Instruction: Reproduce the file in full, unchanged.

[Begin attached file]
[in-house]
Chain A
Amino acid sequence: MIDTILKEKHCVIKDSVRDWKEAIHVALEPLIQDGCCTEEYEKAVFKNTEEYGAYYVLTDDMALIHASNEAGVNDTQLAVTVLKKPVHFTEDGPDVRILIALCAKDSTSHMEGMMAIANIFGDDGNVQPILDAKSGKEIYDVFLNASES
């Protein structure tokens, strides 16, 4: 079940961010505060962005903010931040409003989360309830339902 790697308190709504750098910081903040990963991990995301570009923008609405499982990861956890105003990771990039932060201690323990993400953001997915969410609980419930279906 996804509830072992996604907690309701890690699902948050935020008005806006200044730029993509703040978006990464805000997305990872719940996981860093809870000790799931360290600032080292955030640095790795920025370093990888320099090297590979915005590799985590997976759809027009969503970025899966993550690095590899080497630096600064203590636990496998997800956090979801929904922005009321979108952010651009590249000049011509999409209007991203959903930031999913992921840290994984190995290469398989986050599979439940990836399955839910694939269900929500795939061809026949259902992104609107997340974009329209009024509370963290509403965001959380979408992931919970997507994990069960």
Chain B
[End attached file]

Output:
[in-house]
Chain A
Amino acid sequence: MIDTILKEKHCVIKDSVRDWKEAIHVALEPLIQDGCCTEEYEKAVFKNTEEYGAYYVLTDDMALIHASNEAGVNDTQLAVTVLKKPVHFTEDGPDVRILIALCAKDSTSHMEGMMAIANIFGDDGNVQPILDAKSGKEIYDVFLNASES
């Protein structure tokens, strides 16, 4: 079940961010505060962005903010931040409003989360309830339902 790697308190709504750098910081903040990963991990995301570009923008609405499982990861956890105003990771990039932060201690323990993400953001997915969410609980419930279906 996804509830072992996604907690309701890690699902948050935020008005806006200044730029993509703040978006990464805000997305990872719940996981860093809870000790799931360290600032080292955030640095790795920025370093990888320099090297590979915005590799985590997976759809027009969503970025899966993550690095590899080497630096600064203590636990496998997800956090979801929904922005009321979108952010651009590249000049011509999409209007991203959903930031999913992921840290994984190995290469398989986050599979439940990836399955839910694939269900929500795939061809026949259902992104609107997340974009329209009024509370963290509403965001959380979408992931919970997507994990069960």
Chain B